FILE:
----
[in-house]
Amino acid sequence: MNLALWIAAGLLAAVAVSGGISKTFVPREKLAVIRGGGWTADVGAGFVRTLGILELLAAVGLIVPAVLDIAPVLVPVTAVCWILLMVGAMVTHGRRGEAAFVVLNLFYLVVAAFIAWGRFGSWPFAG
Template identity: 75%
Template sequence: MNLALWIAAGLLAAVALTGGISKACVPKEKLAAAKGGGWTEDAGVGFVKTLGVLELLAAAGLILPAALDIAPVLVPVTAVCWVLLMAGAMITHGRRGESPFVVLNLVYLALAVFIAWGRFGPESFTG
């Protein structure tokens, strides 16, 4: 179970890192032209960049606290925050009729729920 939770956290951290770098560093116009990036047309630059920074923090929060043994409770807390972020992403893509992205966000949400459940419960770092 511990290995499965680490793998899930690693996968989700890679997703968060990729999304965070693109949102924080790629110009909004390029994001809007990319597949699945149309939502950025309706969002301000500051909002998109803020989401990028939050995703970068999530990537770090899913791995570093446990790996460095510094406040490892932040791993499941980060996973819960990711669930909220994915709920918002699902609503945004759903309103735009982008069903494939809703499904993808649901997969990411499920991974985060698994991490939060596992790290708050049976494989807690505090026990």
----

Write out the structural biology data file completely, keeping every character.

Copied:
[in-house]
Amino acid sequence: MNLALWIAAGLLAAVAVSGGISKTFVPREKLAVIRGGGWTADVGAGFVRTLGILELLAAVGLIVPAVLDIAPVLVPVTAVCWILLMVGAMVTHGRRGEAAFVVLNLFYLVVAAFIAWGRFGSWPFAG
Template identity: 75%
Template sequence: MNLALWIAAGLLAAVALTGGISKACVPKEKLAAAKGGGWTEDAGVGFVKTLGVLELLAAAGLILPAALDIAPVLVPVTAVCWVLLMAGAMITHGRRGESPFVVLNLVYLALAVFIAWGRFGPESFTG
């Protein structure tokens, strides 16, 4: 179970890192032209960049606290925050009729729920 939770956290951290770098560093116009990036047309630059920074923090929060043994409770807390972020992403893509992205966000949400459940419960770092 511990290995499965680490793998899930690693996968989700890679997703968060990729999304965070693109949102924080790629110009909004390029994001809007990319597949699945149309939502950025309706969002301000500051909002998109803020989401990028939050995703970068999530990537770090899913791995570093446990790996460095510094406040490892932040791993499941980060996973819960990711669930909220994915709920918002699902609503945004759903309103735009982008069903494939809703499904993808649901997969990411499920991974985060698994991490939060596992790290708050049976494989807690505090026990």